Bicent Holdings LLC, the owner of two electric power plants capable of generating 168 megawatts, won court approval of its restructuring plan swapping lenders’ debt for almost all of the reorganized company’s equity.
U.S. Bankruptcy Judge Kevin Gross in Wilmington, Delaware, approved the reorganization plan paving the way for Bicent to exit court protection in just over three months, according to court documents filed July 31.
Under the company’s restructuring plan negotiated with creditors before filing bankruptcy, lenders with a first priority of repayment, owed about $147.2 million, will get 95 percent of the reorganized company’s equity. Lenders that backstopped Bicent’s bankruptcy loan will get the remaining 5 percent of the reorganized stock.
Lenders that are second in line to be repaid, owed about $128.5 million, will get $1.5 million cash and warrants to purchase as much as 12.5 percent of the new equity, according to court documents.
The two lender groups, the only creditors that voted on the plan, unanimously accepted the proposal, Pauline K. Morgan, a lawyer representing the company told Gross at a July 30 hearing.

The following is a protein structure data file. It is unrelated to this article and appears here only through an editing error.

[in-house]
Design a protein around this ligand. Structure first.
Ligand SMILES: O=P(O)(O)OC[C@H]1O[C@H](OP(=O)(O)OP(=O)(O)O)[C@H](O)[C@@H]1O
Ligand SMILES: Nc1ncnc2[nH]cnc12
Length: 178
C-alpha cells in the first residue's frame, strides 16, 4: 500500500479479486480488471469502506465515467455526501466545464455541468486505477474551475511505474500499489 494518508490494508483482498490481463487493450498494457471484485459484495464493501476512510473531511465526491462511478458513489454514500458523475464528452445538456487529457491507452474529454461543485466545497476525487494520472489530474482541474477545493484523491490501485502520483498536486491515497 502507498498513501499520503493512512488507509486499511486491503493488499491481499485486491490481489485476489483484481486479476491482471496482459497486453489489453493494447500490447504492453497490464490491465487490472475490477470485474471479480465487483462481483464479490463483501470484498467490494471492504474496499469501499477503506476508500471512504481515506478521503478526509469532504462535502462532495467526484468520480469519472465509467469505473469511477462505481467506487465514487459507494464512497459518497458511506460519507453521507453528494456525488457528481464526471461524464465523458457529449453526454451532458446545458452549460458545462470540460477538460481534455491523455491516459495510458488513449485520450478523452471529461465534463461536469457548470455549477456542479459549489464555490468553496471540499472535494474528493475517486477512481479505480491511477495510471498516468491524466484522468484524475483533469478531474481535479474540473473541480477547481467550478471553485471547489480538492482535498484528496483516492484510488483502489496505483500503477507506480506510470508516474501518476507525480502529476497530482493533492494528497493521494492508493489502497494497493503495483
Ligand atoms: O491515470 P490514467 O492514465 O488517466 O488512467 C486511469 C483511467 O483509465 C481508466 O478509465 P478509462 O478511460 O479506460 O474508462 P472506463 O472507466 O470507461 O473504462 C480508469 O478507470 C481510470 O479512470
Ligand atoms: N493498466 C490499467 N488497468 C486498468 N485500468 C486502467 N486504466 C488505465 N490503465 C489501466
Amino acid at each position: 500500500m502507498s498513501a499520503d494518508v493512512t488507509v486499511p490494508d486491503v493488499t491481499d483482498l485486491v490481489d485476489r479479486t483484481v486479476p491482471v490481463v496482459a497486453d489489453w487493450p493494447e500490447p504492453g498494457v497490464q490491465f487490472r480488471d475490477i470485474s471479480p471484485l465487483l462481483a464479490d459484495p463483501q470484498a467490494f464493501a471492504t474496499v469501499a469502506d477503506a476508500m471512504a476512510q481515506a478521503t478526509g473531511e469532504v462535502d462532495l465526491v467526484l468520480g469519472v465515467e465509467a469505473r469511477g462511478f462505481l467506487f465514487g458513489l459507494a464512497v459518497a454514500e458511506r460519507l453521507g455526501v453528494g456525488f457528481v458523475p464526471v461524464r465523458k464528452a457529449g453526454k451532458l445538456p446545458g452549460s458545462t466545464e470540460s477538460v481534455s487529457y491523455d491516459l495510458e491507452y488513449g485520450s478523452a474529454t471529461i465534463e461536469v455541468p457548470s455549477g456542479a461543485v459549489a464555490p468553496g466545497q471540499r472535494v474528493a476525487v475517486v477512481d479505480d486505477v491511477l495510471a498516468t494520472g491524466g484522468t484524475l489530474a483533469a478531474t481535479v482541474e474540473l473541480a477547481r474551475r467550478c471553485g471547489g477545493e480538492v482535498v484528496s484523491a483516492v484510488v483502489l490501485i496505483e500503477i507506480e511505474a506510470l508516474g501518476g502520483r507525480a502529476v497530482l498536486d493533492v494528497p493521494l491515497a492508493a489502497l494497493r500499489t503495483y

Unsecured creditors and mezzanine lenders won’t get any recovery under the plan, court papers show.
Bicent, based in Lafayette, Colorado, owns and operates two generating facilities: Hardin, a 120-megawatt coal-fired plant about 40 miles (64 kilometers) southeast of Billings, Montana, and San Joaquin, a 48-megawatt natural gas-fired facility about 70 miles east of San Francisco in Lathrop, California, according to court filings.
The company sought bankruptcy protection April 23 in Wilmington, Delaware. Unit Bicent Power listed more than $500 million in debt in Chapter 11 documents.
The main case is In re Bicent Holdings LLC, 12-11304, U.S. Bankruptcy Court, District of Delaware (Wilmington).
To contact the reporter on this story: Michael Bathon in Wilmington, Delaware, at email@example.com.